6 mei 2007
6 mei 2007
22 nov. 2017
4 “The faces of the children have stuck with me”: reporting on the Taliban takeover in Afghanistan..
1 dec. 2021
In première gegaan op 22 aug. 2021
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Produced by Love Thy Films
24 aug. 2016
12 mei 2012
27 jul. 2019
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3 jan. 2018
9 aug. 2013
Afghanistan: Crystal Dreams
Over the past four decades, Afghanistan has been in an almost constant state of warfare or internal conflict – enduring Soviet occupation, the rule of the Taliban and a Western-backed authority.
As leaderships and ideologies have changed, loyalties also have fragmented.
But in the remote Jegdaleki region in the Hindu Kush mountains, life for one group of people has continued largely undisturbed.
For generations these tough, resilient villagers have risked life and limb, to mine deep into the barren earth in pursuit of prized red rubies.
These jewels are then illicitly traded across the border to Peshawar, Pakistan, to be cut and polished. From there, they are sold all over the world, adorning royalty and the wealthy.
But as foreign troops withdraw and the Taliban’s presence spreads, Jegdalek’s ruby miners are drawing attention.
Generations of men have lived and died for the wealth buried in the jagged mountains of Sappar, Afghanistan, chasing crystal dreams with dynamite and pick axes.
With the country almost entirely dependent on foreign aid, the precious rubies have become a potential windfall for the government but most of the gems are smuggled out to Pakistan to be processed and sold abroad.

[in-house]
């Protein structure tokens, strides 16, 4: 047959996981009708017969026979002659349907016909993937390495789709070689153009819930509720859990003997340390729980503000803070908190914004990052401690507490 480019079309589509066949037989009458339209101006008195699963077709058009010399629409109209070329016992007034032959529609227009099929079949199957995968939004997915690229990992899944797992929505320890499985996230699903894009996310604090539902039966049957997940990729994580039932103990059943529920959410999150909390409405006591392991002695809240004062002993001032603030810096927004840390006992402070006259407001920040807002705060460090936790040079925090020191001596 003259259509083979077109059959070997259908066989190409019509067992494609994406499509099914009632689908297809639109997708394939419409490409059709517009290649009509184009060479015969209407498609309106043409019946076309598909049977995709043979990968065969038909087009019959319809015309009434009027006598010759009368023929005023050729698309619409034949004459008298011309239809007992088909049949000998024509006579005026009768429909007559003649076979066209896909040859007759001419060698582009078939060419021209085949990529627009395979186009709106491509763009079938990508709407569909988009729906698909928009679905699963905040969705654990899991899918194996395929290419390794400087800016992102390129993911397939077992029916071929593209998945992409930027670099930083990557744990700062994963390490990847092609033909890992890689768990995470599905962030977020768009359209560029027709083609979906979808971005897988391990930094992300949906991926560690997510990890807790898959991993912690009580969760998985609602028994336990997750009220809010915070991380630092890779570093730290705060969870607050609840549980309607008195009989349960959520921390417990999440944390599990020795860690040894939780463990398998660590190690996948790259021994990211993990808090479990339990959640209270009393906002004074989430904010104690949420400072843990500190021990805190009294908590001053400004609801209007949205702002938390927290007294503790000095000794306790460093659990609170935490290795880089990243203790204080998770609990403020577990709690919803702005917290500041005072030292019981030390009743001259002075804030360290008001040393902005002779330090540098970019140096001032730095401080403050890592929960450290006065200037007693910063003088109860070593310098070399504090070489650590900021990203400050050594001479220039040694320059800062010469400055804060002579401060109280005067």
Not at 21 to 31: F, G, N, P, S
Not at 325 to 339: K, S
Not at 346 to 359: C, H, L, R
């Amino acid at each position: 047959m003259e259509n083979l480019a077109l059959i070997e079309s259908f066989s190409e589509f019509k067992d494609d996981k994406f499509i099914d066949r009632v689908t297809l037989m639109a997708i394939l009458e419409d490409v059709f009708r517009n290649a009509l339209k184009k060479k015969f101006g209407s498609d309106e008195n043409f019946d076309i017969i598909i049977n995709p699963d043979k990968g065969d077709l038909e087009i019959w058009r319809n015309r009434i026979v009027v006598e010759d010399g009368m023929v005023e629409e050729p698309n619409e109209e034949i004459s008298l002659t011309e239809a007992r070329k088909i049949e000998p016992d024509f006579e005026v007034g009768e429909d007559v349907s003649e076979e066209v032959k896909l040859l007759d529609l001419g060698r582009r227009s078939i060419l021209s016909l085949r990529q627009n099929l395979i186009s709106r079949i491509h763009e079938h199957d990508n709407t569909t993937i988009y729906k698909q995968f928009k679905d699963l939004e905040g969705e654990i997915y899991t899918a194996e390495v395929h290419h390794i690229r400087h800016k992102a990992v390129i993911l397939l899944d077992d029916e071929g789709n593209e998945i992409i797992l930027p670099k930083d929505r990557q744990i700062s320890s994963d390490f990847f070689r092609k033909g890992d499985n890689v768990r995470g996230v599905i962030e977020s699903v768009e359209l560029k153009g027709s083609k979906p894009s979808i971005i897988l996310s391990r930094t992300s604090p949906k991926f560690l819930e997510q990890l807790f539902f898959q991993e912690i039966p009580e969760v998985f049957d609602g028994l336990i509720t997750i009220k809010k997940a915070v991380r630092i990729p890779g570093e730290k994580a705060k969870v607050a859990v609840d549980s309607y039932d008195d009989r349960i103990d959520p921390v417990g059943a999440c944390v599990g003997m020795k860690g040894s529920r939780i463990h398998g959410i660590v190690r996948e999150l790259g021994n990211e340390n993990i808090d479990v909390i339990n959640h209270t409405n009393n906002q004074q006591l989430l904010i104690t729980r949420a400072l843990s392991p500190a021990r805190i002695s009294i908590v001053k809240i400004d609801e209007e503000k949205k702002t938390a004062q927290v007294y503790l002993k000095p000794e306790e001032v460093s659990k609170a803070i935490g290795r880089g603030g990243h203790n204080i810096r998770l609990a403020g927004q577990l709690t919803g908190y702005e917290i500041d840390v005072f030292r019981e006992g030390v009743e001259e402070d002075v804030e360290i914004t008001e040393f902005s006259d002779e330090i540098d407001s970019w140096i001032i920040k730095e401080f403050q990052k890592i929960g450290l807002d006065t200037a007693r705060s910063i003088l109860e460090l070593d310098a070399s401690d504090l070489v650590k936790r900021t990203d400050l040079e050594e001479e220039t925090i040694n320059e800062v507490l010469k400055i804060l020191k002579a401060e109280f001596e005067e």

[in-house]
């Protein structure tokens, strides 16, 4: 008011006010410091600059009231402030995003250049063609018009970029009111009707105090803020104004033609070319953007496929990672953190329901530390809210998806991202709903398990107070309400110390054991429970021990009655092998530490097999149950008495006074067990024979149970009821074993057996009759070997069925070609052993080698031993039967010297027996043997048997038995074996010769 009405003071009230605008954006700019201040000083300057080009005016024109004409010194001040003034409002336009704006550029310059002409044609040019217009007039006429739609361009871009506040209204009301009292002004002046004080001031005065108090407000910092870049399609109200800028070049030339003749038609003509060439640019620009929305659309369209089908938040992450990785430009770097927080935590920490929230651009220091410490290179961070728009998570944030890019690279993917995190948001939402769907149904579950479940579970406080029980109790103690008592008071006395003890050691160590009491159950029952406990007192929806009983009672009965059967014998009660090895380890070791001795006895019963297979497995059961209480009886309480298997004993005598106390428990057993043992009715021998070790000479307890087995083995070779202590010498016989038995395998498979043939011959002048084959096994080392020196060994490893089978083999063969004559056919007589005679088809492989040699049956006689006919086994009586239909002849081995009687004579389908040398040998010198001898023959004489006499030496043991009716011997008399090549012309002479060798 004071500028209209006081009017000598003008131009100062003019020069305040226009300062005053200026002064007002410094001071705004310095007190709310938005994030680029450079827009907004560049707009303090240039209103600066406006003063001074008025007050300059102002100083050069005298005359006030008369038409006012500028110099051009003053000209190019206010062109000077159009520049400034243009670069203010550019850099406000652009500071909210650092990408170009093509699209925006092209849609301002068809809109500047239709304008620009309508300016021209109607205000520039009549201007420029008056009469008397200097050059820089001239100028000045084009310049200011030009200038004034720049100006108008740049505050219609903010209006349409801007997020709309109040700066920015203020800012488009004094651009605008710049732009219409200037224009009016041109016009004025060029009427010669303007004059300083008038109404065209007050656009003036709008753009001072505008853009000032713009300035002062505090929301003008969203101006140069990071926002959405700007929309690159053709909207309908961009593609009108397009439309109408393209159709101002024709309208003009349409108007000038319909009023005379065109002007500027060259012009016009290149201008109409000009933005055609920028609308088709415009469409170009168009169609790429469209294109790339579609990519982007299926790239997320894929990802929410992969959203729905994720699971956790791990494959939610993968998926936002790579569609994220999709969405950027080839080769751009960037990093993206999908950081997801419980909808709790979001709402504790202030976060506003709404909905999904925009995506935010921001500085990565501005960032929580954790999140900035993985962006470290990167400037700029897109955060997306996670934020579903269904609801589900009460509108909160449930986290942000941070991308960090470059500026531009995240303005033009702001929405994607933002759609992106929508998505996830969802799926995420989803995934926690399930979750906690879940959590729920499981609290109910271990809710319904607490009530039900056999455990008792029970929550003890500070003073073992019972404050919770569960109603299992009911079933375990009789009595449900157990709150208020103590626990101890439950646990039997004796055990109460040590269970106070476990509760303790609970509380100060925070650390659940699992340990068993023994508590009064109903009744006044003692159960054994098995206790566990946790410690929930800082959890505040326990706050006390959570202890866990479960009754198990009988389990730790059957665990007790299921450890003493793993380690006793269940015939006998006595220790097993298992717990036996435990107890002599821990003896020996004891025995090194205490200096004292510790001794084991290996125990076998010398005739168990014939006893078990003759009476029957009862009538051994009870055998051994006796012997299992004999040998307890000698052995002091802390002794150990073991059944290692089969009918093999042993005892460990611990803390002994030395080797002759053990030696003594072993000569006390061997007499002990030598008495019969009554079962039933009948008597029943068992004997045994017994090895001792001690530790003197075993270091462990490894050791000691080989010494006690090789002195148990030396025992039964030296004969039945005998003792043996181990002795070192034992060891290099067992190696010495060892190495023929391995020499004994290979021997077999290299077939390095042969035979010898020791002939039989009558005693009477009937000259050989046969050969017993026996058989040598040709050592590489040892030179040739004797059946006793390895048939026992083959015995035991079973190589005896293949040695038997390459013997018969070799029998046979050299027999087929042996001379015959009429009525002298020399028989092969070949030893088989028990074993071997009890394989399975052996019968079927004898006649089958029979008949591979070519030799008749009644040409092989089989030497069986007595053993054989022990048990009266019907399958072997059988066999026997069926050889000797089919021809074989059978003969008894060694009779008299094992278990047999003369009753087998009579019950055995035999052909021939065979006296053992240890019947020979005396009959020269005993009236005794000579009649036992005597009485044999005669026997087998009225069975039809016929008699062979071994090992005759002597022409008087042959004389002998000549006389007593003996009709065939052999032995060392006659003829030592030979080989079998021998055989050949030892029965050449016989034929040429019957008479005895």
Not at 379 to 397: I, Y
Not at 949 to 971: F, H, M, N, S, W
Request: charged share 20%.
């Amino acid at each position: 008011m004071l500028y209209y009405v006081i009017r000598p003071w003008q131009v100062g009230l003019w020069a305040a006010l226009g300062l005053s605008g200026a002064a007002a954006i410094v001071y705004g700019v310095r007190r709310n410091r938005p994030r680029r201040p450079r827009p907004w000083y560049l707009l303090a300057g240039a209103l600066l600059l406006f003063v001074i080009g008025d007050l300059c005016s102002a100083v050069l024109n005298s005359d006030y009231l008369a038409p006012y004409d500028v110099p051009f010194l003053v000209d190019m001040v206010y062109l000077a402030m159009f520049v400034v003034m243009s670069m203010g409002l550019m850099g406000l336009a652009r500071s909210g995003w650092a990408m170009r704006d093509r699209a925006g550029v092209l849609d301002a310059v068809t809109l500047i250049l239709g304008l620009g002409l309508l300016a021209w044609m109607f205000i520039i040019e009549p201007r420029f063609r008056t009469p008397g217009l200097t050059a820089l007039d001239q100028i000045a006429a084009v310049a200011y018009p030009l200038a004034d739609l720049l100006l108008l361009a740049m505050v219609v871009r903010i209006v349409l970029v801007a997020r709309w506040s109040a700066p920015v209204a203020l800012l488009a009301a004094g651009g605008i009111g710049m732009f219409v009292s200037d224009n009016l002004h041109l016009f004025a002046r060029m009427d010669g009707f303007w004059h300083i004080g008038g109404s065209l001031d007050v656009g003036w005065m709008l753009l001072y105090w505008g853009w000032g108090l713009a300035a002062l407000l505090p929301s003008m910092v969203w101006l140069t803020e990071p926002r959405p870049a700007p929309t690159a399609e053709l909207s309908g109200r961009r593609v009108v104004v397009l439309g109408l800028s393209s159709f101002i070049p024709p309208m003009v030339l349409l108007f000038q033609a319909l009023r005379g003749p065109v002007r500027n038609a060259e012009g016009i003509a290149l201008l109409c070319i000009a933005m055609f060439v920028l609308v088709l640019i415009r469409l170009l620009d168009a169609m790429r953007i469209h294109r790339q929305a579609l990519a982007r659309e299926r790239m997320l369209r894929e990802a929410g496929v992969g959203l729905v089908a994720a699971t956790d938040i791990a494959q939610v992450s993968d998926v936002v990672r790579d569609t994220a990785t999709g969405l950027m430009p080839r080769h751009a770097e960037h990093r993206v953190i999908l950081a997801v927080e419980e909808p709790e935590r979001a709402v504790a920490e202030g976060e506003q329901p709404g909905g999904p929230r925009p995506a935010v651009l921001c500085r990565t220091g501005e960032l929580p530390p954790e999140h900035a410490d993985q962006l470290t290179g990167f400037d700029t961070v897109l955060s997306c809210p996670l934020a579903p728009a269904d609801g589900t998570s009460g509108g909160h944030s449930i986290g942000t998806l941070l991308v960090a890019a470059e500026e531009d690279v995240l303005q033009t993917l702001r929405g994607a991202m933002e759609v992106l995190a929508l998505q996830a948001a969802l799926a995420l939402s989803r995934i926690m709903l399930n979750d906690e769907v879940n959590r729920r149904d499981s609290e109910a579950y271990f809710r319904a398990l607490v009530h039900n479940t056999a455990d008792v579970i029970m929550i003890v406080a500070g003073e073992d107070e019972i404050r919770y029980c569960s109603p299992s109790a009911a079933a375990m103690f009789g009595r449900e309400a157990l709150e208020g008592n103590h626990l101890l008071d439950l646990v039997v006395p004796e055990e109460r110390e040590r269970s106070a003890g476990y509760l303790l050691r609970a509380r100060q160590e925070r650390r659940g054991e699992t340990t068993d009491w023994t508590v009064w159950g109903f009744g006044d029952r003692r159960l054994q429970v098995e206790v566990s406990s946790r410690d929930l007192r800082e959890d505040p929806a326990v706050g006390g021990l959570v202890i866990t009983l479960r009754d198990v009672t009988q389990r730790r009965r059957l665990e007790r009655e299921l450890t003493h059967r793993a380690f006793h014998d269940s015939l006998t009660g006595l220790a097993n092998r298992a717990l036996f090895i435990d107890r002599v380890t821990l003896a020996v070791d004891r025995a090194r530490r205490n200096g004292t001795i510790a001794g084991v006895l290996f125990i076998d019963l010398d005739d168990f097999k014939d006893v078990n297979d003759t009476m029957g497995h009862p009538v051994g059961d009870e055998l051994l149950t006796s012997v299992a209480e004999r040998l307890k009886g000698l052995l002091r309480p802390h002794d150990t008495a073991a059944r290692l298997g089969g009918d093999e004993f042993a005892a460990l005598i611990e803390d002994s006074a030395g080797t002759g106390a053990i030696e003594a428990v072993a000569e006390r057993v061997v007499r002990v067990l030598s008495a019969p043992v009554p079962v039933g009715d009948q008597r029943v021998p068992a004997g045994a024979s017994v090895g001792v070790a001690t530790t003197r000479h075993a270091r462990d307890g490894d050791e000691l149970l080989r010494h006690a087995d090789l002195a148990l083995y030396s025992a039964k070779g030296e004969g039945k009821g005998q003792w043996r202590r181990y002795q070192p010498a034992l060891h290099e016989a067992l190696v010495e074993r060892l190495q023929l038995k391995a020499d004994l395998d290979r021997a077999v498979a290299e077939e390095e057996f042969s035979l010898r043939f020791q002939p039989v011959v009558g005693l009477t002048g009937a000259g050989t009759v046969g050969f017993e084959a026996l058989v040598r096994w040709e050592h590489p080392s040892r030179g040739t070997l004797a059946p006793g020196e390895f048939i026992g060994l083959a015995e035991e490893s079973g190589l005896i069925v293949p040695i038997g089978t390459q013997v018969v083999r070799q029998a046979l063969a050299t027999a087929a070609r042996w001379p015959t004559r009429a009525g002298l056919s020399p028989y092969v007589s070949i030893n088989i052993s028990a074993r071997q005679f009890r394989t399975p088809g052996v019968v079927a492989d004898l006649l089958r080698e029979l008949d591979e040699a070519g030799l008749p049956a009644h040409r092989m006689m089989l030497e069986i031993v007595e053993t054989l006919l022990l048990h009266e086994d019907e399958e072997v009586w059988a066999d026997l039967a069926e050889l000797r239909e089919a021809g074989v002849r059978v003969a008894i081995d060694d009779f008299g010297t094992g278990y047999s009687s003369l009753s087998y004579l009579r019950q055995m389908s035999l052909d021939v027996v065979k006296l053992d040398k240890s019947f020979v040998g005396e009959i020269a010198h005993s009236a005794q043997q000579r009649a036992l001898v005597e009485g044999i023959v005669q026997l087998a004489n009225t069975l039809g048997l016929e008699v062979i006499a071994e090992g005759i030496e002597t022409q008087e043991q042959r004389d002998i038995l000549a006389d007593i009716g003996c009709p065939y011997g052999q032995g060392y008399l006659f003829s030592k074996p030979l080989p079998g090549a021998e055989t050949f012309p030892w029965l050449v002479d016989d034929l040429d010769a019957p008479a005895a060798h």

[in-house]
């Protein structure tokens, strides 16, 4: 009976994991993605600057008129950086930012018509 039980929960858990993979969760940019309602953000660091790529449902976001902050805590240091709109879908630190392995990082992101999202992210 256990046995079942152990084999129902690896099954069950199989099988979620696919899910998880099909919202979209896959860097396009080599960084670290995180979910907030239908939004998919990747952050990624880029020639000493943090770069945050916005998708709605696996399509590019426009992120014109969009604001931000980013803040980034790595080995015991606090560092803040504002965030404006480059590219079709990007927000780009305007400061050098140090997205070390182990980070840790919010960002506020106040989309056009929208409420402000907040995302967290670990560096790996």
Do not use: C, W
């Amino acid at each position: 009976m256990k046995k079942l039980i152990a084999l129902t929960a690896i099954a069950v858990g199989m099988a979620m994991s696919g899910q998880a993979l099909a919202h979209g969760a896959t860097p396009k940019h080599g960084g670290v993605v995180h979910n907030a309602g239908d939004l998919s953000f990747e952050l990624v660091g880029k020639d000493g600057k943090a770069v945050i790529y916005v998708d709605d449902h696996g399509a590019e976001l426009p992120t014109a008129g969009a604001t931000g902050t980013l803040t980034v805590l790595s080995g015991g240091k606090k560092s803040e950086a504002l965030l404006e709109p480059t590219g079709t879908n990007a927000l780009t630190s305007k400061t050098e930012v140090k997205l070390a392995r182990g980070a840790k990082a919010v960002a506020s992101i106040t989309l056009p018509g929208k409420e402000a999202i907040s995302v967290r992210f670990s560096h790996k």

Forces within the country, lured by the temptation of wealth, have begun to compete for control of the mines.
Attempts have been made by the central government to harness the mining of the rubies and other interested parties are not far behind them.
101 East examines the lives of Afghanistan’s ruby miners and the lure of the red crystals as the country approaches an uncertain and turbulent future.
9 sep. 2016
Afghanistan is often depicted as a Middle Eastern country that requires women to wear burqas in public, but the real story here is actually much more complicated than that. Photojournalist Paula Bronstein spent 15 years documenting life in Afghanistan, and tells Seeker Stories how women are finding their voice.
16 jun. 2011
8 mrt. 2020
3 jul. 2015
Thirteen years after the fall of the Taliban, women in Afghanistan continue to suffer oppression and abuse.
Research by Global Rights estimates that almost nine out of 10 Afghan women face physical, sexual or psychological violence, or are forced into marriage.
In the majority of cases the abuse is committed by the people they love and trust the most – their families.
While shelters are trying to provide protection and legal help to some, many women return to abusive homes because there is no alternative. Unable to escape their circumstances, some are turning to drastic measures like self-immolation to end their suffering.